100 years of stainless steel

Steph Millard in the exhibitions team looks back over 100 years of stainless steel, first cast in August 1913 by Harry Brearley. 

Today’s journey into work sets me thinking. Looking at the queue of cars ahead with their stainless steel exhaust systems I repeatedly glance at my wristwatch – with its stainless steel back – to check I won’t be late. To my right, the Canary Wharf tower – with its 370,000 square feet of stainless steel cladding – glints majestically in the early morning sunshine.

Canary Wharf in London’s Docklands, 2007.  © Science Museum/SSPL

Canary Wharf in London’s Docklands, 2007

Stainless steel impacts on our lives in so many different ways. But what exactly is it and who invented it? Well, as luck would have it, an important milestone is about to be celebrated. One hundred years ago, in August 1913, an Englishman named Harry Brearley reported that he had cast an ingot of low-carbon steel that could resist attack from a variety of acids including lemon juice and vinegar. He called it ‘rustless steel’.

Harry Brearley, 1871–1948.  © Science Museum/SSPL

Harry Brearley, 1871–1948. Image © Science Museum/SSPL

At the time, Brearley had been helping an arms manufacturer overcome the problem of gun barrel erosion caused by the release of gases when the weapon is fired. His genius lay in the fact that he could foresee the commercial application of his new material within the cutlery industry. After initial scepticism, manufacturers in his home town of Sheffield were also able to recognise the potential.

An early stainless steel knife made by Butler of Sheffield, c. 1915.

An early stainless steel knife made by Butler of Sheffield, c. 1915. © Science Museum/SSPL

The essential ingredient of any stainless steel is chromium, which combines with oxygen in the air to form a strong, invisible film – a protective coating on the surface of the metal that continually self-repairs whenever scratched or grazed. But Brearley was by no means the first person to investigate the addition of chromium to steel. In the century before his discovery metallurgists from across Europe and North America were also experimenting with iron-chromium alloys.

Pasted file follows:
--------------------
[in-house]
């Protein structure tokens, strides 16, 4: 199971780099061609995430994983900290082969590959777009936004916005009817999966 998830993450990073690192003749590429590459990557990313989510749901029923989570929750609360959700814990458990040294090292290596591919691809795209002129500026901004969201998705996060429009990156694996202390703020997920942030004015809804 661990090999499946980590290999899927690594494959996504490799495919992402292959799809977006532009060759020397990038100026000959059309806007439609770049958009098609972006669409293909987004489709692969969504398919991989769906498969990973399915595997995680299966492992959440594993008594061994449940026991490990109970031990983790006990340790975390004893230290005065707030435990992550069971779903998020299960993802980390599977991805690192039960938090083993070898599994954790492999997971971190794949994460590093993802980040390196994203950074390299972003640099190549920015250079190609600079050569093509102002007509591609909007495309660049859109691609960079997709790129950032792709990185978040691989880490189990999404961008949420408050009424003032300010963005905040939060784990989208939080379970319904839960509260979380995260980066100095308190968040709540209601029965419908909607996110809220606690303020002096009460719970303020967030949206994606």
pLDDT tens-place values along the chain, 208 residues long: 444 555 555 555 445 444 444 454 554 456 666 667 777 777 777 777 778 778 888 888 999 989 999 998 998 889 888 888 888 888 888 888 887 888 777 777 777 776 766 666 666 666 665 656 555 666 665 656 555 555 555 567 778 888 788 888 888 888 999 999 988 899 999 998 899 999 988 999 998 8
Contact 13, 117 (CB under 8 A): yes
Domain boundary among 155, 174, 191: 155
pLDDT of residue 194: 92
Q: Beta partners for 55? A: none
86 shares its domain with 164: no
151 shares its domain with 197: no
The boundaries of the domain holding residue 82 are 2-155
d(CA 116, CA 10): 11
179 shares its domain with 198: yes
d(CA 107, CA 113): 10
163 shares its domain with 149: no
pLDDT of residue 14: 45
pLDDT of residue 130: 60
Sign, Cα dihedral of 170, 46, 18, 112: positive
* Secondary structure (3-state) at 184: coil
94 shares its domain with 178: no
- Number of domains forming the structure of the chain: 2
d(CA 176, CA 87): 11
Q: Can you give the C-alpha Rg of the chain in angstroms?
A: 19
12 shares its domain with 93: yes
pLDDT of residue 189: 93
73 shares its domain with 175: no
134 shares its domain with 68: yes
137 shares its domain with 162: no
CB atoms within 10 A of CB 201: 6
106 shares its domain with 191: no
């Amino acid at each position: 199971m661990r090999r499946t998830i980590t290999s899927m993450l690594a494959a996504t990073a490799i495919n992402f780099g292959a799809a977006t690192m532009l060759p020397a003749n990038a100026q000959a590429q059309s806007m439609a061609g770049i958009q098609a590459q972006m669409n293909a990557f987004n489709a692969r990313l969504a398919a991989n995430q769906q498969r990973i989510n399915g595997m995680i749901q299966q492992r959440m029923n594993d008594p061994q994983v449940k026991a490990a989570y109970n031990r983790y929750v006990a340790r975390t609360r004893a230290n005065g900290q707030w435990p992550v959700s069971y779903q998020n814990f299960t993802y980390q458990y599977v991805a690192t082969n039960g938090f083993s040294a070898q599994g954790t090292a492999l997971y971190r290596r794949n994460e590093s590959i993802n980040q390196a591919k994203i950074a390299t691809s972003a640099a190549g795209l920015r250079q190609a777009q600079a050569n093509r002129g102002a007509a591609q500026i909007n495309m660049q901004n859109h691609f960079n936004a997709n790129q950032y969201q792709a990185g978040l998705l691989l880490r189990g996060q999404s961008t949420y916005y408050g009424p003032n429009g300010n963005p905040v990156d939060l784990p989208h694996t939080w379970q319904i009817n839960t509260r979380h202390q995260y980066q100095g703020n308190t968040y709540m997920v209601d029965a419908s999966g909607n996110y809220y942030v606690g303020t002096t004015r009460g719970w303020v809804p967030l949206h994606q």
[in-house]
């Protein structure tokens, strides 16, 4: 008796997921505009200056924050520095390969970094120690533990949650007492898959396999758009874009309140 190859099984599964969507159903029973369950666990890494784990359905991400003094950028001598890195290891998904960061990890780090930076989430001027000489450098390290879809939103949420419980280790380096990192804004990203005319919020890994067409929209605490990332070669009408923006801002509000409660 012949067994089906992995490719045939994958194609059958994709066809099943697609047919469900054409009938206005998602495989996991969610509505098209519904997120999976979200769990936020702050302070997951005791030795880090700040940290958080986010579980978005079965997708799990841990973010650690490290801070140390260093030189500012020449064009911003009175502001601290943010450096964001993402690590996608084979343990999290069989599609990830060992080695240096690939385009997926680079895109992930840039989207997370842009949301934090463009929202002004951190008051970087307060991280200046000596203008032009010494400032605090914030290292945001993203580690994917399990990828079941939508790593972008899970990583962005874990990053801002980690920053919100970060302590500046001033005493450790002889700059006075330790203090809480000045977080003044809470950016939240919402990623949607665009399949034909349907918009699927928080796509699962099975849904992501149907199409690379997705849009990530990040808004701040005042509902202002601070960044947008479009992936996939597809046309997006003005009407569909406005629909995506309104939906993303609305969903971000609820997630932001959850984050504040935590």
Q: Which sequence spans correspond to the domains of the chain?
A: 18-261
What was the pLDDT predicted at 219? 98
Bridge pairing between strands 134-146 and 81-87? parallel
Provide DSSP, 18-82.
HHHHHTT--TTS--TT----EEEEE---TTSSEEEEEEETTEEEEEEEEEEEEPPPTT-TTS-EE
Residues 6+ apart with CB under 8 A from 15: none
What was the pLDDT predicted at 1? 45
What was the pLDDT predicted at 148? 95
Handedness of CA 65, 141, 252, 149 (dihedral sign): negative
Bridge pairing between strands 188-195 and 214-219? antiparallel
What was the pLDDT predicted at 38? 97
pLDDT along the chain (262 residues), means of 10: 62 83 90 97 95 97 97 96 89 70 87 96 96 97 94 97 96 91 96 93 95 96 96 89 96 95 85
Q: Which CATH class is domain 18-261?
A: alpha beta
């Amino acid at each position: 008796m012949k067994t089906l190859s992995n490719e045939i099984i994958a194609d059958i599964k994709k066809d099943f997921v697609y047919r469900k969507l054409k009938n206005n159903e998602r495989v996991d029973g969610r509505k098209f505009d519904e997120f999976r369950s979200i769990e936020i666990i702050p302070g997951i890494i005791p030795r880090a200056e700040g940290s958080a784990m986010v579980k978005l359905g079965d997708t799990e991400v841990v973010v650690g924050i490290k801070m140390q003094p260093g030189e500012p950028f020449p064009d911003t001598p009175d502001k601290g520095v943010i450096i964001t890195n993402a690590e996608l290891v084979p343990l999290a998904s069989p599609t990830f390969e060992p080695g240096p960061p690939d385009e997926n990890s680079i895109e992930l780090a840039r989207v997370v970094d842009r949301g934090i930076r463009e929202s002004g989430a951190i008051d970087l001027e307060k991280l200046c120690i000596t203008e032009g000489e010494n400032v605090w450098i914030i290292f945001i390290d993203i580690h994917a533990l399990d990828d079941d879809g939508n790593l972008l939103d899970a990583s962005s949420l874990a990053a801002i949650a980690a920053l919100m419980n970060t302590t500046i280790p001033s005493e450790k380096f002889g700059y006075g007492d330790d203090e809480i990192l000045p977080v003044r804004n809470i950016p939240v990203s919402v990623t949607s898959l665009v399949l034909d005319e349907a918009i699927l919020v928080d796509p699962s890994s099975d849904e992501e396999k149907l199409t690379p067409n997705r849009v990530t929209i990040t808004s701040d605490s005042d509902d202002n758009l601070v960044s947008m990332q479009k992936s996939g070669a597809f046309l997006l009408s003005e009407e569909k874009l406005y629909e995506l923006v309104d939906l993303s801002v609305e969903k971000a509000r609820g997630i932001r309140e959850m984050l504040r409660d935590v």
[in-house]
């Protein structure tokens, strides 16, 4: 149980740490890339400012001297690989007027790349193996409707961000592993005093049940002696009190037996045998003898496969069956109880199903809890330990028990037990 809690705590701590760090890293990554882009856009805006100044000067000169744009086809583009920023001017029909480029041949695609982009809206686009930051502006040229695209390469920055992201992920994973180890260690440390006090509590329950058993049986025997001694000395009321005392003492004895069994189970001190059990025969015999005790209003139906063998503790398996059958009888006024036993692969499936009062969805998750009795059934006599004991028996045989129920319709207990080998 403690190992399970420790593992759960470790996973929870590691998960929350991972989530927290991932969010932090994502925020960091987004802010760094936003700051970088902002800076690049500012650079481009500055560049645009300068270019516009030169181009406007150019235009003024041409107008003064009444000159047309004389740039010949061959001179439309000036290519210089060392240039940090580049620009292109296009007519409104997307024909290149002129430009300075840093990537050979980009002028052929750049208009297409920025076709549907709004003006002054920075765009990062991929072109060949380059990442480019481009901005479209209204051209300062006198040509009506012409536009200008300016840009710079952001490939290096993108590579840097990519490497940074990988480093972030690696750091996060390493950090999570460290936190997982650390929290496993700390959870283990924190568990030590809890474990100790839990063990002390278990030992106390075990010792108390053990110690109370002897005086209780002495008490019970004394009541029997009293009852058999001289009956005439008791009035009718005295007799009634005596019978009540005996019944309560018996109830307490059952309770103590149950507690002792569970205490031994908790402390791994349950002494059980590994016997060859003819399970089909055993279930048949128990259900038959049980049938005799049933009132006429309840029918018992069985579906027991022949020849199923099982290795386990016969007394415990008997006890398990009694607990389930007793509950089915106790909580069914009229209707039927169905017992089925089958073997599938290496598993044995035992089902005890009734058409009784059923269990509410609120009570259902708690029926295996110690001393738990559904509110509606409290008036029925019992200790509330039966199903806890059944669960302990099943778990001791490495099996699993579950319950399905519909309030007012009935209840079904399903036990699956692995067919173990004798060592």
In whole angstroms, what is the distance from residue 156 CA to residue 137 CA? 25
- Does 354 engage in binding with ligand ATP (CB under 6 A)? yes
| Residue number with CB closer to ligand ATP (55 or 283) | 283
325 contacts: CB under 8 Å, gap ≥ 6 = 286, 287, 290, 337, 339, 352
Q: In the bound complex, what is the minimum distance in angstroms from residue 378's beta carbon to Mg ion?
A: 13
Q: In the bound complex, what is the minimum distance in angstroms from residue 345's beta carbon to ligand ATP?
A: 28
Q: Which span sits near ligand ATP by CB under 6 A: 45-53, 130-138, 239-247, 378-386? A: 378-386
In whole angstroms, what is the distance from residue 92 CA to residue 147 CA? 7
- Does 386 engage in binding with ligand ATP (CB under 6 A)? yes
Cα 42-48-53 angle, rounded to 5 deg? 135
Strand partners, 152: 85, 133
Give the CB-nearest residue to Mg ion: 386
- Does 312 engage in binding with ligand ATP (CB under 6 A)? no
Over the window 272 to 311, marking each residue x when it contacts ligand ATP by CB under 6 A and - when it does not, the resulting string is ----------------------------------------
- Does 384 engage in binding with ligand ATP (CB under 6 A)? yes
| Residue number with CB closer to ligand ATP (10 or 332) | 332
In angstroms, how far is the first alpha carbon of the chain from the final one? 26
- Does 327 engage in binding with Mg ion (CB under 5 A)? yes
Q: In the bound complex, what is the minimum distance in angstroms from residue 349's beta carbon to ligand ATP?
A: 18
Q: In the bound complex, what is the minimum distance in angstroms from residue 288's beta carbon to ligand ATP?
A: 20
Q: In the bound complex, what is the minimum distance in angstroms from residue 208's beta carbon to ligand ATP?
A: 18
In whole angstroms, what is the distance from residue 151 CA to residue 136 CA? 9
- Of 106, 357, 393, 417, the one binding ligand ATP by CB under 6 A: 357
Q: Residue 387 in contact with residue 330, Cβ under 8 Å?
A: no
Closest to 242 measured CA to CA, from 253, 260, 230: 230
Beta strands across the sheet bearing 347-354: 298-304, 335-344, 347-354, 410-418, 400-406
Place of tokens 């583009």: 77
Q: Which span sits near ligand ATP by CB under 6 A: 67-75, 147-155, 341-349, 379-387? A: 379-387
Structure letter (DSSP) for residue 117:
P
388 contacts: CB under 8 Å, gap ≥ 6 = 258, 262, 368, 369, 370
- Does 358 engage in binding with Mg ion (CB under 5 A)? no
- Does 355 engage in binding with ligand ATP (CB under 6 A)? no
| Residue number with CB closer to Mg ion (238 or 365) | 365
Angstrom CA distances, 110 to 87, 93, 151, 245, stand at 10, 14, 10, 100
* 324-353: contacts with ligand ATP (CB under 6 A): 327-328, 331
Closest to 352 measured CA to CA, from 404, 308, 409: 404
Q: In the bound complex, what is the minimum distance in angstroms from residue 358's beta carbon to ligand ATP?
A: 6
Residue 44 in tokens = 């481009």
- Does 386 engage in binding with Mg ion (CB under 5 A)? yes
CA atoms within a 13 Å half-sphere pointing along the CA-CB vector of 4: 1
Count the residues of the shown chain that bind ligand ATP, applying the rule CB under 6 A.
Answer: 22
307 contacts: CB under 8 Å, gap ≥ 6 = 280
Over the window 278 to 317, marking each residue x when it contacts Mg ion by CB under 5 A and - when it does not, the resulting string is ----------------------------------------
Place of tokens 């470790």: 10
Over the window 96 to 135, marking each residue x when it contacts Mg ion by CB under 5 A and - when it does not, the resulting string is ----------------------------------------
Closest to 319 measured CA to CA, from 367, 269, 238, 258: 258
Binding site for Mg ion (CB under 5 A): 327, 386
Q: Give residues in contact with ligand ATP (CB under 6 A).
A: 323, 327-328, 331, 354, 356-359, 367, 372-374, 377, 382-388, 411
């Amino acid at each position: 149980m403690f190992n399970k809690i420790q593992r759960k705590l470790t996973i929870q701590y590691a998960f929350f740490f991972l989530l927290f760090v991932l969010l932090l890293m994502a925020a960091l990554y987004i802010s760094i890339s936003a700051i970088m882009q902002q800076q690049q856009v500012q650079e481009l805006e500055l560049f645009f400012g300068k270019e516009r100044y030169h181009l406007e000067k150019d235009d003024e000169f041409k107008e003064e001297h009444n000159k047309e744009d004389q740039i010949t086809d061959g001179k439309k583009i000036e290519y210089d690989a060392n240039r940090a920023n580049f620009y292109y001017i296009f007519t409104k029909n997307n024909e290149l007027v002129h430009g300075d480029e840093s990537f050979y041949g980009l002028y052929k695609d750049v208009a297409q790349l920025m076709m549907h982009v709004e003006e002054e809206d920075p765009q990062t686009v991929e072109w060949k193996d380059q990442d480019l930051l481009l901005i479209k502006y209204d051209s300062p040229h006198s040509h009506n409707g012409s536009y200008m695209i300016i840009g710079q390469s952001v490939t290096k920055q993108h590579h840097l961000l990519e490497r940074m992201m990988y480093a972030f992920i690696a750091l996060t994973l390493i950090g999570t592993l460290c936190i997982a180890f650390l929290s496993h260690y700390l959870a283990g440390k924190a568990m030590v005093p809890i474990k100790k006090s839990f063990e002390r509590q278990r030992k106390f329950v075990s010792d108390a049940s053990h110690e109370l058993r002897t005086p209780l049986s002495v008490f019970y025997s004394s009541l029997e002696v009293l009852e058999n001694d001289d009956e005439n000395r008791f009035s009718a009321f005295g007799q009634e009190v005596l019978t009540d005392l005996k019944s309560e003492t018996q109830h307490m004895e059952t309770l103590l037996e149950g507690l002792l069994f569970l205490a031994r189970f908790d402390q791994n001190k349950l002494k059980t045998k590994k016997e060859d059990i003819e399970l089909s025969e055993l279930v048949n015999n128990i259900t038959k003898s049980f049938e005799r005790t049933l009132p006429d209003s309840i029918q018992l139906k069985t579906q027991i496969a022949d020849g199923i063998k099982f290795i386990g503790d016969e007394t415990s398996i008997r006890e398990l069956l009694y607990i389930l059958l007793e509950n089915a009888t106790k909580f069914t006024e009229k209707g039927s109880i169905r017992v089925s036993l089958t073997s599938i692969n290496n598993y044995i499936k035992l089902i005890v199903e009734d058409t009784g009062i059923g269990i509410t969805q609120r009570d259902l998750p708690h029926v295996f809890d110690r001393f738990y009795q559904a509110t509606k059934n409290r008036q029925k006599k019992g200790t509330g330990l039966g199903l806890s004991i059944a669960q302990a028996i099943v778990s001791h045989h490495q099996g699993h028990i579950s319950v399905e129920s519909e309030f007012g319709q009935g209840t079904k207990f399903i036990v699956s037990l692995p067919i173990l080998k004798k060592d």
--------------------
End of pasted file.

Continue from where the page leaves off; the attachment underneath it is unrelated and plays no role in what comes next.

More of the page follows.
Since then stainless steel – in all its various forms – has gone on to find a home in the widest range of applications, as a walk around the Science Museum’s galleries will testify. Within our Challenge of Materials gallery visitors can admire a wedding dress made of stainless steel wire – the brainchild of British designer Jeff Banks – whilst in the Exploring Space gallery our J2 rocket engine can remind us that between 1967 and 1973 NASA used stainless steel in all 13 of its Saturn V rockets.

Stainless steel wedding dress, 1995. Credit: Science Museum/SSPL

Stainless steel wedding dress, 1995. Credit: Science Museum/SSPL

Smaller, but equally intriguing, is the stainless steel dropper on display in The Science and Art of Medicine gallery, which instils oils through the nose as part of an Ayurvedic detox therapy to cure head ailments such as migraine and sinusitis.

Stainless steel nasal dropper on display in our medical galleries, USA, 2004–05. © Science Museum/SSPL

Stainless steel nasal dropper on display in our medical galleries, USA, 2004–05. © Science Museum/SSPL

As we celebrate Brearley’s role in the history of metallurgy why not come along to the Science Museum and see how many different examples of stainless steel you can discover?

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